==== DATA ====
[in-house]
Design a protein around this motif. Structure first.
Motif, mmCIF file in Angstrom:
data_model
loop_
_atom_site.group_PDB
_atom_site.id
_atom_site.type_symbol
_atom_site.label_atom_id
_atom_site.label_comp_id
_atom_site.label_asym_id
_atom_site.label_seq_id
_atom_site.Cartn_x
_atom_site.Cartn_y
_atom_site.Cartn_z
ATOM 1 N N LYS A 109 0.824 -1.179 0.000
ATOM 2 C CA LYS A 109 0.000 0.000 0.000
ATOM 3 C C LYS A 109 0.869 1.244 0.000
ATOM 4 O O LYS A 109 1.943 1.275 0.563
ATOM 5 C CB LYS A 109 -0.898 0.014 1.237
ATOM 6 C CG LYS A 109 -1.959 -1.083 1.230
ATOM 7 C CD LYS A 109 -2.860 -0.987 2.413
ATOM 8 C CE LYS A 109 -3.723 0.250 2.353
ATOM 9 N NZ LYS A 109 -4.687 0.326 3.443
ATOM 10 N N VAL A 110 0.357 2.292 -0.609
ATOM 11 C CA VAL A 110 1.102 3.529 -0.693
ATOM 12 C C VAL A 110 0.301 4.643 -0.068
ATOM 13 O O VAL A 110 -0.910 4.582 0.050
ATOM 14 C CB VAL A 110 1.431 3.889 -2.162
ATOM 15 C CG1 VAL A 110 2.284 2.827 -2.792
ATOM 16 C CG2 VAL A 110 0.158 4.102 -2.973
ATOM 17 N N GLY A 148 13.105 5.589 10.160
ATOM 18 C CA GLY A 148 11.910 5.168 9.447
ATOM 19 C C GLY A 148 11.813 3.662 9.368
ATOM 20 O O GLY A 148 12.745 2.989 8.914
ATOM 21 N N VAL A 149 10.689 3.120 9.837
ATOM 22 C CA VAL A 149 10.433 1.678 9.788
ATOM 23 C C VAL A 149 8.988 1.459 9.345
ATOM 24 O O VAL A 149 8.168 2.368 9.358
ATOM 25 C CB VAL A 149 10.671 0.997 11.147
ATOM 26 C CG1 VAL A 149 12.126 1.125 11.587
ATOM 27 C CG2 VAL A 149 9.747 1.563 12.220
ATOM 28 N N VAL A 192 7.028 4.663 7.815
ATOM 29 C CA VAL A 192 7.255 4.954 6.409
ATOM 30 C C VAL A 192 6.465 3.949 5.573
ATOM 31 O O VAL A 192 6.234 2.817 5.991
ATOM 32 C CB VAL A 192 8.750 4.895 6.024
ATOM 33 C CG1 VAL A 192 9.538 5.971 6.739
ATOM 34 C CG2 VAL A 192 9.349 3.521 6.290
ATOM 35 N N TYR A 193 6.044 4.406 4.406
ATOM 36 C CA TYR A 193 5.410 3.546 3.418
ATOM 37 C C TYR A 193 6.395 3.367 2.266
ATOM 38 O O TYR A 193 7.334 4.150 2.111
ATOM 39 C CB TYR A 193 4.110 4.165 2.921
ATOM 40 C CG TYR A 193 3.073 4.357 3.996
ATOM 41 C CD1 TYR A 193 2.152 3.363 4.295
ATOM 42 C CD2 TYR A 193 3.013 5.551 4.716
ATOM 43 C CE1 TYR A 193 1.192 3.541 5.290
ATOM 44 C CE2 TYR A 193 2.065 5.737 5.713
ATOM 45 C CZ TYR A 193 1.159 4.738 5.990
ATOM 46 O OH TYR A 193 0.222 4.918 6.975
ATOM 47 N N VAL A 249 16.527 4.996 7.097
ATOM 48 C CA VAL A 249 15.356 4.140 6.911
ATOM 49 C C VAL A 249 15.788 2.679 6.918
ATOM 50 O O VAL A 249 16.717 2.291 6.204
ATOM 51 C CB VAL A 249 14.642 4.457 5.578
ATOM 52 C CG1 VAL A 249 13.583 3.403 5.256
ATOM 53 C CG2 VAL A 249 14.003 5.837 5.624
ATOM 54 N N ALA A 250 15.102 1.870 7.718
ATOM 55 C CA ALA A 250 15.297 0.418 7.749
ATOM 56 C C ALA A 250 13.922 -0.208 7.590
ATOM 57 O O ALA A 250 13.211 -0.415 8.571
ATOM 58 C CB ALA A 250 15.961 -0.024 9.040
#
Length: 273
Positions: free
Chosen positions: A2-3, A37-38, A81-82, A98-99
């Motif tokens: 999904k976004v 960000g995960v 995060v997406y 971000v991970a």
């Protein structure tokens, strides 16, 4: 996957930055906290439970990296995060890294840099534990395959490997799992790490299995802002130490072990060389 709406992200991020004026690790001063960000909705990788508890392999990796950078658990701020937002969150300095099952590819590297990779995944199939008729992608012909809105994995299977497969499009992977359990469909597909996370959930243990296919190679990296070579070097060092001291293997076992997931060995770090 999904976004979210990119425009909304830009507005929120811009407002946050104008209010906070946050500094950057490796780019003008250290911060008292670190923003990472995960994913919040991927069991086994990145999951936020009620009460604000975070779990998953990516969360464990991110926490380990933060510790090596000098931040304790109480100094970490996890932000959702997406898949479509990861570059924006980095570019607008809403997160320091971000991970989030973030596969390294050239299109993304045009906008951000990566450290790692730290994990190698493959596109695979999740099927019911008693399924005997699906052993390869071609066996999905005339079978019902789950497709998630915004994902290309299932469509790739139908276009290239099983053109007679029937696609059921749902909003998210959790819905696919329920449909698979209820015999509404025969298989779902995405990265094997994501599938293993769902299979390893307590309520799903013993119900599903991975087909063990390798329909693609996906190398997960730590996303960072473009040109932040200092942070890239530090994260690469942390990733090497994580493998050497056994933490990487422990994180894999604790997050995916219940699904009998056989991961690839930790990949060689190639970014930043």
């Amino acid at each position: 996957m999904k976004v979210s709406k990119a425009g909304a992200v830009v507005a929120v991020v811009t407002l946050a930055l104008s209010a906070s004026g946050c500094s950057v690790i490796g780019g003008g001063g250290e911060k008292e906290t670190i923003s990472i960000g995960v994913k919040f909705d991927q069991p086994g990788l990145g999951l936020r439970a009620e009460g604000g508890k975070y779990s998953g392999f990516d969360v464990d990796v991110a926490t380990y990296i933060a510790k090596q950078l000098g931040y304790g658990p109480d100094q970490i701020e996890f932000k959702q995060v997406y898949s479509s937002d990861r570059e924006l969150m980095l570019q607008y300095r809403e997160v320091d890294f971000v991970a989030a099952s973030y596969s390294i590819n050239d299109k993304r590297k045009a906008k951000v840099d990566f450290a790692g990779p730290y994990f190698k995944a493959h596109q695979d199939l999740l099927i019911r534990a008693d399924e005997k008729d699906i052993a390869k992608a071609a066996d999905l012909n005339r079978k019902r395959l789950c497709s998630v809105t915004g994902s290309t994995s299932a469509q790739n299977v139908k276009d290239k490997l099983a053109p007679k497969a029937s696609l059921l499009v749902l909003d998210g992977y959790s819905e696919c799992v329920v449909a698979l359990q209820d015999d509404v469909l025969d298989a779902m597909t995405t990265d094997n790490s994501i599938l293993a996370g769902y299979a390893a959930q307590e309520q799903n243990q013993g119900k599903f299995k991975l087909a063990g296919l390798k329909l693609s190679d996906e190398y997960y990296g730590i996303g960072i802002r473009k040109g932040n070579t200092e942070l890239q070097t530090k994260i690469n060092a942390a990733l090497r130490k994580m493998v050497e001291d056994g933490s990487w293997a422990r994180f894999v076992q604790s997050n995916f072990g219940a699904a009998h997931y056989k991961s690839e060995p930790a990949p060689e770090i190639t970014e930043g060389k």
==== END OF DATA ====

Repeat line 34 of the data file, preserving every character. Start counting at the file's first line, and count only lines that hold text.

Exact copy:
ATOM 19 C C GLY A 148 11.813 3.662 9.368